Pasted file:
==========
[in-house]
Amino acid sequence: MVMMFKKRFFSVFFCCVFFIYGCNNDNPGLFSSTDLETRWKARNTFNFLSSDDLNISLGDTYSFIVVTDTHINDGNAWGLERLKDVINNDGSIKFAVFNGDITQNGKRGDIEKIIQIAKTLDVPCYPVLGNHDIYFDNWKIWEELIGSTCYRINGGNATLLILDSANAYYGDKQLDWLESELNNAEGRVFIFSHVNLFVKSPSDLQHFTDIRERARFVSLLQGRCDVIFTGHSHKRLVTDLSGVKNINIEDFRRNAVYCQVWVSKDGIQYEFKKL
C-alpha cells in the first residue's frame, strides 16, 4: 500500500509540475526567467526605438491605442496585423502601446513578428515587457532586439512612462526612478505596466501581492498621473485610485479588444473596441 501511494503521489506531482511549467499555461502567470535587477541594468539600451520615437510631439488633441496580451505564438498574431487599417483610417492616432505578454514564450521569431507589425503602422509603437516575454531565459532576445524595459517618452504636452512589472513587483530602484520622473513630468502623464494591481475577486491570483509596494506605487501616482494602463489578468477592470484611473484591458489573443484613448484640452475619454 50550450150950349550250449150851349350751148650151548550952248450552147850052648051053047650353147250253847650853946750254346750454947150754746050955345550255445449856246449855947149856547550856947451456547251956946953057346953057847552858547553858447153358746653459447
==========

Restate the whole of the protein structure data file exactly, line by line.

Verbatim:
[in-house]
Amino acid sequence: MVMMFKKRFFSVFFCCVFFIYGCNNDNPGLFSSTDLETRWKARNTFNFLSSDDLNISLGDTYSFIVVTDTHINDGNAWGLERLKDVINNDGSIKFAVFNGDITQNGKRGDIEKIIQIAKTLDVPCYPVLGNHDIYFDNWKIWEELIGSTCYRINGGNATLLILDSANAYYGDKQLDWLESELNNAEGRVFIFSHVNLFVKSPSDLQHFTDIRERARFVSLLQGRCDVIFTGHSHKRLVTDLSGVKNINIEDFRRNAVYCQVWVSKDGIQYEFKKL
C-alpha cells in the first residue's frame, strides 16, 4: 500500500509540475526567467526605438491605442496585423502601446513578428515587457532586439512612462526612478505596466501581492498621473485610485479588444473596441 501511494503521489506531482511549467499555461502567470535587477541594468539600451520615437510631439488633441496580451505564438498574431487599417483610417492616432505578454514564450521569431507589425503602422509603437516575454531565459532576445524595459517618452504636452512589472513587483530602484520622473513630468502623464494591481475577486491570483509596494506605487501616482494602463489578468477592470484611473484591458489573443484613448484640452475619454 50550450150950349550250449150851349350751148650151548550952248450552147850052648051053047650353147250253847650853946750254346750454947150754746050955345550255445449856246449855947149856547550856947451456547251956946953057346953057847552858547553858447153358746653459447